The exact year in which Dante started the Inferno is unclear. What is certain is that by the time of Dante’s birth, Florence was a burgeoning city-state, prospering from trade and commerce. The lending of money to and from private individuals for profit was regarded by the papacy as immoral, leading Pope Clement V to decree belief in the right to usury heretical in 1311. Nevertheless the loaning of money to businesses, with interest relative to the risk of the transaction, was the basis for growing mercantilism in the age.
Dante, for his part, seems unmoved by the distinction implicit between the two practices and condemns them equally, albeit for different reasons, for the Comedy is not only theological but a tract concerning political governance, echoing a changing focus of his work after exile. Of the two, Dante’s political reasoning is much the weakest; a reaction against the nouveau riche and petit bourgeoisie springing up in Florence and the growing political influence that new money brought. Like many a fundamentalist (and a fundamentalist he undoubtedly was), his religious zeal translated into a nostalgic desire for prelapsarian innocence, and he was by no means a progressive. That he held extreme religious contempt for the usurious is indicated most clearly in their place within the topography of the Inferno, which should now be elaborated.
The Inferno is subdivided into nine descending circles, each one corresponding to a worse offence and a greater punishment: the ‘virtuous heathen’ occupies the first circle, the ‘treacherous’ the ninth, closest to Lucifer and furthest from God. These nine circles and their populace are grouped by family resemblance regarding the type of sin committed, these being: the ‘virtuous heathen’ (1), the incontinent (2-5), heretics (6), the violent (7) and the fraudulent (8-9). Within circles 7 to 9 there are still a further 13 subdivisions, but these need not concern us here; what is of note is that the usurer is placed in the third section of the seventh circle; closest to the fraudulent; below the murderers and the suicides; and on a par with the blasphemer and the sodomite, in a group labelled ‘violent against God, nature and art’.
The relationship between usury and art will become apparent again in the later discussion of Pound’s Cantos, though in a slightly different interpretation. Regardless, the basis of Pound’s treatment of usury would seem to be influenced greatly by that found in the Inferno. What, then, is ‘art’ in this sense? Virgil, Dante’s guide through the nine circles of hell lays out a genealogy of ‘art’ towards the end of Canto XI, noting that ‘nature takes her course from the divine mind and its art,’ and that furthermore, ‘[man’s] art, as far as it can, follows nature as the pupil the master, so that your art is to God, as it were, a grandchild.’ (Inferno, Canto XI l. 25-30) In this sense therefore it would seem that ‘art’ becomes synonymous with ‘labour’ or man’s cultivation of nature before, (Genesis 1:28 ‘And God said unto them, “Be fruitful, and multiply, and replenish the earth, and subdue it”’, and after expulsion from Eden, (Genesis 3:22 ‘Therefore the Lord God sent him forth from the Garden of Eden, to till the ground from whence he was taken’).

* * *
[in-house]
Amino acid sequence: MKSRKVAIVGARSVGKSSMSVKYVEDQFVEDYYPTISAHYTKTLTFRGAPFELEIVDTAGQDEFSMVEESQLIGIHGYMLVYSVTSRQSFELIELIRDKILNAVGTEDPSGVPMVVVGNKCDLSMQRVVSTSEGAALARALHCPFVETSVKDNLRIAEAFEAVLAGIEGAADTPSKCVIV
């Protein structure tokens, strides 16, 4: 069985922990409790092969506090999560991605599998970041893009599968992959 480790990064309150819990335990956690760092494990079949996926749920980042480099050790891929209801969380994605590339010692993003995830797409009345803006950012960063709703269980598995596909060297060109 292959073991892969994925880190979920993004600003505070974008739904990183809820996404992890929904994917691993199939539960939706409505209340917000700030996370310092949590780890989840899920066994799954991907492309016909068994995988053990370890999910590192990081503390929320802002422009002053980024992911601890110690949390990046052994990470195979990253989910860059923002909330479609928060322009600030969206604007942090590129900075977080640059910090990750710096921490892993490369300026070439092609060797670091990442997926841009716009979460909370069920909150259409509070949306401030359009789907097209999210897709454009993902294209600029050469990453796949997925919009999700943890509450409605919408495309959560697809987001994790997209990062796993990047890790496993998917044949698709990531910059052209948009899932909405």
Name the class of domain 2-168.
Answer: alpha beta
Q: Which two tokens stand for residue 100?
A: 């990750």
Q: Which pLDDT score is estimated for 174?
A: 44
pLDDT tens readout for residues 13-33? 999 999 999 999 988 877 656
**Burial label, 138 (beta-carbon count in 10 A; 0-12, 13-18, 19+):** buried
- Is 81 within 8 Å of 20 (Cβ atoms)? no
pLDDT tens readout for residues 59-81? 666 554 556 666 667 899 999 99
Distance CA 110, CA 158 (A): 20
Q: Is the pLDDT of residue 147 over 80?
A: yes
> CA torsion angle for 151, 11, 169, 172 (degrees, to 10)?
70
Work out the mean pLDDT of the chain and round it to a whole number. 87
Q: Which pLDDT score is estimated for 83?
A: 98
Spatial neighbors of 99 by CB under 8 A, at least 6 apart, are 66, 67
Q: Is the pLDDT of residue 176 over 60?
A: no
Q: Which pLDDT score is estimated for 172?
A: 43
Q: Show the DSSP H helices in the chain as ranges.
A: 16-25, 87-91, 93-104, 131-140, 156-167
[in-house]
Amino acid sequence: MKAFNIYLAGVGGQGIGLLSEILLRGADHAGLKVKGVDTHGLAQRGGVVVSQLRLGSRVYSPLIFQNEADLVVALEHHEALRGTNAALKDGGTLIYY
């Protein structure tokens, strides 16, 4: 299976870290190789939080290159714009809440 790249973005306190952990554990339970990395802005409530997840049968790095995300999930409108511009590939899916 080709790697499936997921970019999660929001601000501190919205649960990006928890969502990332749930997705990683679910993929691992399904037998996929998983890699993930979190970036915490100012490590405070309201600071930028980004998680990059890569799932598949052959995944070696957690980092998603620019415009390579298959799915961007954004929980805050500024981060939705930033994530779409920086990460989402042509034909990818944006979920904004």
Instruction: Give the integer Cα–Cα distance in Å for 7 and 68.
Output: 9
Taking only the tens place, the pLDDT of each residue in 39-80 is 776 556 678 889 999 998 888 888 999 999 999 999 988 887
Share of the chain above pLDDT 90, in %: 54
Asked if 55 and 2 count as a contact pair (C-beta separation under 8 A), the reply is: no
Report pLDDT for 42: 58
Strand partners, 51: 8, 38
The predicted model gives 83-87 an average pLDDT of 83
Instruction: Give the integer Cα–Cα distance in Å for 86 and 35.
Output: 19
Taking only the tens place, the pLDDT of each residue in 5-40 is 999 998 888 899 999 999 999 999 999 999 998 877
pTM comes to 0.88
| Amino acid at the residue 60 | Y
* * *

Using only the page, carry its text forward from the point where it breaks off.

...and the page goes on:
Acquiring money through the needs and misfortunes of others directly contravenes the Biblical precept of industry and hard work; ‘it behoves mankind to gain their livelihood and their advancement, and because the usurer takes another way he despises nature both in herself and in her followers, setting his hope elsewhere.’ (Inferno, Canto XI l. 32-35) That the usurer is also closest to the fraudulent is no coincidence.
But there is a further tension within the Divine Comedy which informs the place of usury in Dante’s cosmology. As already noted, this religious epic is also deeply political and quasi-Platonic in nature: echoing the Republic in its inferences on the shape and form of just political life and governance. To this end, much of Dante’s later works would take up the theme of human reason in much the same way as his earlier ones were preoccupied with his beloved Beatrice; it represents a shift from the donna gentile of his love poetry to the lady philosophy of his exilliteratur, which, in this case, is a distinct brand of Aristotelianism. The tension then, becomes quite clear: to reconcile ‘reason and Revelation’ in one work, which, as anyone with an eye on the political situation today will know, is quite an undertaking.
Much of the bizarre (to modern eyes) structure of the Inferno is predicated on this interplay between reason and faith which Dante’s sees as a divine gift. This explains, for example, why fraudulence is placed below murder and those treacherous to their lords are the lowest of all. If reason is the greatest of divine gifts, then the perversion of that reason to immoral ends is the ultimate betrayal, especially when turned against the divine order incarnate in the relationship between the ruler and the ruled. In this way then, the act of usury is not only in direct contradiction of biblical doctrine, but also an affront to the goodness of God and the faculties He bestowed on man.
Tellingly, Dante does not need instruction from Virgil as to the nature of the usurer’s crime, nor as to the reasons why it is a crime. For an abstract, socially (more or less) acceptable concept it would seem its severity is self evident to the author. No doubt this position is in no small part due to Dante’s extraordinary political situation and was not shared by those for whom the lending of money provided the basis for greater social mobility. But Dante’s social conservatism is neither particularly novel, nor confined to him alone. His aversion to predatory loan-sharking, is morally commendable, but the lack of distinction between this and commercial lending is troubling and reductive in the extreme. On balance it would seem that the repulsion he felt towards the masses got the better of his moralism and in the end his moralism fed into it. This though will be a recurring motif of the artistic treatment of usury.